This growth spurt occurs from around age 12-13 for girls, and 13-15 for boys.

Connective structures need to be weaker to accommodate this developmental growth spurt, Stress fractures tend to coincide with the adolescent growth spurt, and more so in lean athletes.

In climbing these fractures tend to be in the fingers. Males around age 15 seem to be especially susceptible to finger fractures as the new levels of testosterone helps build significant muscle (which also makes it harder for them to resist intensive forms of training!). (see pic of x-ray above)

During this growth spurt, a few essential kilos of new bone growth, muscle development and fat (essential for female maturation) are put on. Young climbers must not wear any weights while climbing under the age of 18 as developmental growth has already made a provision for this.

Because the growth plates are the weakest areas of the growing skeleton - even weaker than the nearby ligaments and tendons that connect bones to other bones and muscles - they are vulnerable to injury.

A child who has persistent pain, or pain that affects athletic performance or the ability to move and put pressure on a limb, should never be expected, or allowed, to “work through the pain.” Whether an injury is acute or due to overuse, it should be evaluated by a doctor. That is because some injuries, if left untreated, can cause permanent damage and interfere with proper growth of the bone involved.

Unlike adults, the growth plates on adolescent bones are 2 to 5 times weaker than the surrounding connective tissue. So a force that results in a torn ligament in an adult, will do much more damage in a growing adolescent. The following Japanese study showed stunted growth in young climbers’ fingers.


2008 Shigeo Omori M.D. and Hajime M.D. (Medical Commission of Japan Mountaineering Association)

  • Over 3 years, 182 junior competition climbers aged 7 to 19 had their fingers medically examined, x-rayed, and surveyed using Bone and Joint Injury Function Table used by Japanese hand surgeons.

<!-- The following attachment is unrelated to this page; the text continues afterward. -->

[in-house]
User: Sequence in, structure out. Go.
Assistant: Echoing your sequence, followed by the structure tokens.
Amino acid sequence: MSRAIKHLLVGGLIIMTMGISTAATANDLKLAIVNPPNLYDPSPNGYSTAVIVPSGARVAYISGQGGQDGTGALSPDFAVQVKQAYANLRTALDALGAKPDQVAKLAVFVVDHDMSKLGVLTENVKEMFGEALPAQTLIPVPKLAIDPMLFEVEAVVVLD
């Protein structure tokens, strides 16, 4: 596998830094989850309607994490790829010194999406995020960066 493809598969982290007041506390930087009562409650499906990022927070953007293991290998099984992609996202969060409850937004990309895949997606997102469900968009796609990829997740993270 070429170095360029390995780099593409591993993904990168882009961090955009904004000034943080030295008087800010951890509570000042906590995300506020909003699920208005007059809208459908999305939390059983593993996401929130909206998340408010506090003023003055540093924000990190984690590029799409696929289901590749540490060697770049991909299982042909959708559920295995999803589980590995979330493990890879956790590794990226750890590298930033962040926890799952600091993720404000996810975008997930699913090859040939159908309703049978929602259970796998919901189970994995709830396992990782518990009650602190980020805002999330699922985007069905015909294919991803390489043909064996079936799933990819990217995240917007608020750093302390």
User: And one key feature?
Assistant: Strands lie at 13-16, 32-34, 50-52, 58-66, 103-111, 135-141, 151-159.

• Findings: 77.6% of these climbers had abnormalities, mostly deformation and light flexion contracture (can’t place hand flat on table). Over 3 years, overuse of hands had stunted their longitudinal growth, and increased blood flow in fingers caused a traverse growth of the proximal diaphysis of middle phalanx.

National medical team doctors and coaches share such information. Volker Schöffl continuing longitudinal work on the German Junior Team did not reveal such a high percentage of affected elite young climbers as above Japanese study, but this may also reflect the German training methods as well.

In conclusion, there is a small but growing body of research on young climbers.  Adolescent bone growth, especially of the fingers, can permanently be affected by an acute trauma, compressive forces, shearing etc. Such damage can affect their climbing ability, but more importantly, their future quality of life.

It is for all the above reasons that campus board use is not recommended for any climbers aged under 18.

By
Audry Morrison BSc, RNutr, UIAA Medcom,
and
Dr. Volker Schöffl, MHBA, IFSC Medcom, UIAA Medcom.

 

5. Bibliography


1. Morrison AB, Schöffl VR (2007). Physiological responses to rock climbing in young climbers. Br J Sports Med, 41(12), 852-861.

2. Hochholzer T, Schöffl V (2003). One Move too many… how to understand the injuries and overuse syndromes of rock climbing. Lochner-Verlag, Germany.

3. Hochholzer T, Schoffl VR (2005). Epiphyseal fractures of the finger middle joints in young sport climbers. Wilderness and Environmental medicine. 16;139-42.

4. Schöffl V, Morrison A, Schwarz U, Schöffl I, Küpper T (2010). Evaluation of Injury and Fatality Risk in rock and Ice Climbing. Sports Med, 40(8):1-23S

5. Schöffl V, Hochholzer T, Imhoff A. Radiographic changes in the hands and fingers of young, high-level climbers. Am J Sports Med 2004;32:1688-94.

6. Sylvester AD, Christensen AM, Kramer PA. Factors influencing osteological changes in the hands and fingers of rock climbers. J Anat;209:597-609.

7. Rohrbough JT, Mudge MK, Schilling RC, Jansen C. Radiographic osteoarthritis in the hands of rock climbers. Am J Orthop 1998;27(11):734-8

8. Drinkwater BL (Ed.) Women in Sport (2000) – Vol. VIII Encyclopaedia of Sports Medicine in IOC Medical Commission publication in collaboration with International Federation of sports Medicine. Blackwell Sciences. Oxford, England.

9. Fuss FK, Niegl G (2008). Instrumented climbing holds and performance analysis in Sport Climbing. Sports Technol. 1(6);301-13.

Important:  BMC Campusboard guidance

 


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1) Anonymous User
14/09/2013
Thank you for this info - especially the Xrays. My daughter (11y3m at the time - two months ago) dislodged the epiphysis in a skiing injury which we were told was due to begin to fuse at 12 - I was trying to explain to her about the progress of maturity in the wrist bones and google images brought up your picture. She now has a clearer picture of the situation due to the comparison picture between 8y7m and 17! Coincidentally (although we did not use that search term) she is also an indoor climber and her father climbs (indoor and out) ... so we have also learned to be cautious on that front!